Last week I needed some head space so MrB suggested we went for a short stroll on Stockbridge Down, a chalk downland a few miles from our home. As you may recall from earlier posts this has become a favourite of ours especially when I am feeling kinda down. As always it worked its magic on me. Not only were there blue skies, but the grasslands were looking fabulous.

And it wasn’t just the flora that was capturing our attention. To my delight there were hundreds of butterflies, nearly all one species, the Chalkhill Blue. It is probably the largest blue butterfly that most of us will see in England, as the Large Blue whilst larger is incredibly rare. The Chalkhill Blue however is widespread on chalky grasslands in southern England.

The butterflies we saw were mostly male although we did spot a couple of females, which are brown and very secretive. It was the behavior of the males that caught our attention, they were congregating in groups on animal dung.

Apparently “mud-puddling”, as it is sometimes called, is a way for the butterflies to gain moisture and minerals. The extra nitrogen and sodium is scarce in nectar, and these minerals are hugely beneficial to reproduction. They are not the only butterfly to seek out minerals in this way, and some even feast on the sweat of the humans. Male Chalkhill Blues however prefer dung. I have created a video I took of them ‘mud puddling’.

53 thoughts

    1. Awww thanks Margaret. It was so amazing as we came across group after group 😍 and yes they do finally seem to be appearing. Just hope there’s enough time for caterpillars before autumn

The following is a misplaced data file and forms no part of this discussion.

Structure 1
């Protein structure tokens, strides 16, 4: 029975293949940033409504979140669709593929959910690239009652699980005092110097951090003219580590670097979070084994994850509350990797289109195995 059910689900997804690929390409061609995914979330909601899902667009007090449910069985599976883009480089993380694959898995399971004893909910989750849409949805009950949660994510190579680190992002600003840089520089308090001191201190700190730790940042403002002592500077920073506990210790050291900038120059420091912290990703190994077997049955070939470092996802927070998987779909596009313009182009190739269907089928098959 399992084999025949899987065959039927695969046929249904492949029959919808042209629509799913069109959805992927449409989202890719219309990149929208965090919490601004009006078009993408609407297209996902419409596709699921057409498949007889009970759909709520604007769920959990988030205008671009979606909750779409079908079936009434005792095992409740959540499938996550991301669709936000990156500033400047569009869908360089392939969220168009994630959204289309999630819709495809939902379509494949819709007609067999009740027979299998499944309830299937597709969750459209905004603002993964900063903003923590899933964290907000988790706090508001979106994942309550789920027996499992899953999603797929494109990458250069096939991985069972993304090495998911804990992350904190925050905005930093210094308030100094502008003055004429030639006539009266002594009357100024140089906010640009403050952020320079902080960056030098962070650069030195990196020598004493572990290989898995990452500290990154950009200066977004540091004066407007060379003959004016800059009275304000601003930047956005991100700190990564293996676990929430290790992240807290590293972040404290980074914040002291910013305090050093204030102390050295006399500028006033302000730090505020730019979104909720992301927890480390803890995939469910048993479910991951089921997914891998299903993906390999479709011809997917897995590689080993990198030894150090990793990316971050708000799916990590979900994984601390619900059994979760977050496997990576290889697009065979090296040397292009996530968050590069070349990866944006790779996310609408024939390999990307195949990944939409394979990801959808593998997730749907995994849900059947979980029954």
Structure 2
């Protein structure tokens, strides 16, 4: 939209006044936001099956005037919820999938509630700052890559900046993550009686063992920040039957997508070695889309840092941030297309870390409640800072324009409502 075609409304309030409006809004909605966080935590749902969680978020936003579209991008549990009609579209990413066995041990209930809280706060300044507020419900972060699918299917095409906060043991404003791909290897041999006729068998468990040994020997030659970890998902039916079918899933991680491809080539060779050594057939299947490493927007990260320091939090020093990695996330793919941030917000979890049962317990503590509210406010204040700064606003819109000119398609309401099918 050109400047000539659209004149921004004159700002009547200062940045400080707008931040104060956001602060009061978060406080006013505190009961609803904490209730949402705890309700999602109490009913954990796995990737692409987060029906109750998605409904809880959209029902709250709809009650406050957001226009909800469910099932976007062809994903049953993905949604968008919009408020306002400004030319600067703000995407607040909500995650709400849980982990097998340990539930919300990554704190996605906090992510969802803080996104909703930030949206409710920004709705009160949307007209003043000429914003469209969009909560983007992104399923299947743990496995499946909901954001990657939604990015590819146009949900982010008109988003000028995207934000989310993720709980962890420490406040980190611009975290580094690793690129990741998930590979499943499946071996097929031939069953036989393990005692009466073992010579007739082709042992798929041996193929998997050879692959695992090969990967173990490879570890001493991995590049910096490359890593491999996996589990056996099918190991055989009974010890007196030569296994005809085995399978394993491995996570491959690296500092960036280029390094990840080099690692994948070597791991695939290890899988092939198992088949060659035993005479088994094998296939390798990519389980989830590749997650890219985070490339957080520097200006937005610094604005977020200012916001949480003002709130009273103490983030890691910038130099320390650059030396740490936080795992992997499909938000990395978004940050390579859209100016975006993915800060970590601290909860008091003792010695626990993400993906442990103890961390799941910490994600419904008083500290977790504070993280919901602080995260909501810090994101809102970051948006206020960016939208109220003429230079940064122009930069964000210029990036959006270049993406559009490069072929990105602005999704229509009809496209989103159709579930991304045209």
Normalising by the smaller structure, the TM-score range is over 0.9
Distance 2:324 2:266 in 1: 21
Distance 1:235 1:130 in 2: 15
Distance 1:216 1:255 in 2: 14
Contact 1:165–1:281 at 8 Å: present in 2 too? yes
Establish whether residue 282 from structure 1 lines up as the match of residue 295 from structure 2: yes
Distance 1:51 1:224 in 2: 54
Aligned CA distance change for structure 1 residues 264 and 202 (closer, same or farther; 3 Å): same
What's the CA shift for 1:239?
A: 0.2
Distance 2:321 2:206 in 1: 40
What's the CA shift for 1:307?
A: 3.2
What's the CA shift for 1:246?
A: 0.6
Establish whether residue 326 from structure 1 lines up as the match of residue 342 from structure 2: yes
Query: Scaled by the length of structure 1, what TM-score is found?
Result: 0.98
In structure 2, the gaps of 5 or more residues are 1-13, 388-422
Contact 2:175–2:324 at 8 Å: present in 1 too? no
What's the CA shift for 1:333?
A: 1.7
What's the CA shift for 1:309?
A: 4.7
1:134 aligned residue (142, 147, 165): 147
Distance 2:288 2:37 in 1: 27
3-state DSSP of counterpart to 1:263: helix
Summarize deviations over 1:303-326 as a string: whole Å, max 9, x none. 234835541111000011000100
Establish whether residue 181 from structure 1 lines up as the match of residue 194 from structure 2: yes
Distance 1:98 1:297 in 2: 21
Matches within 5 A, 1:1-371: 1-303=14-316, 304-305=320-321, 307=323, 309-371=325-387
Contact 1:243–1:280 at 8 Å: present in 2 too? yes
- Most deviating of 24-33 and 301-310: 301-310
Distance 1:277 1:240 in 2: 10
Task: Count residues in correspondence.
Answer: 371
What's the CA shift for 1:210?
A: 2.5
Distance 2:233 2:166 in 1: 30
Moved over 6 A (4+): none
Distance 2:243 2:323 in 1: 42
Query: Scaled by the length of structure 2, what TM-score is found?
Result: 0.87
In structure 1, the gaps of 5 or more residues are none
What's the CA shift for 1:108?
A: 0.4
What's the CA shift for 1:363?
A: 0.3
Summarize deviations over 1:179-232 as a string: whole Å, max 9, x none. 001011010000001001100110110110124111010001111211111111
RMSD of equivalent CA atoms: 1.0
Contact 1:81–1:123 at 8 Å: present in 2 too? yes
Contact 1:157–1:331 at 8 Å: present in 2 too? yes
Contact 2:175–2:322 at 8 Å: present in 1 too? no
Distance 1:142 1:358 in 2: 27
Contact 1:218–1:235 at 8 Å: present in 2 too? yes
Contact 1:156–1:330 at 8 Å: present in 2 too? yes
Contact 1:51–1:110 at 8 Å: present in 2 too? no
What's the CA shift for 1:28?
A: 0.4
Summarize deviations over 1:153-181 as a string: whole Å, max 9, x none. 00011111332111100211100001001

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  1. Dear little things. Seeing an abundance of butterflies is always wonderful. I didn’t know about their mud puddling habit though. I must take more notice. It must be lovely to have such a gorgeous area close to home.

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    1. Oh I’m so glad you enjoyed it. It completely refreshed me, and revisiting the video takes me straight back 😊 really hope you’re ablt to have your restorative walk soon too

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  2. A walk through Stockbridge Down would have cheered me no end as well. Love the butterflies…..who knew that manure is an aphrodisiac and no i am not going to try it either πŸ˜‚πŸ˜‚
    Hope you are feeling well again Becky ❀

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  3. That is a lot of Butterflies….. but so many Chalkhill Blue is amazing, haven’t had that pleasure for years. Butterflies have been in short supply in our part of middle England. Though a friend of mine, a lepidopterist, has a humane Moth Trap in his garden and reports a good year for Moths with many of the less common moths appearing in good numbers.

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  4. What a beautiful spot, Becky. And those butterflies are fascinating. It’s a bit like human men gathering in the pub for a pint – but probably greater health and reproduction gains from the dung πŸ˜‰

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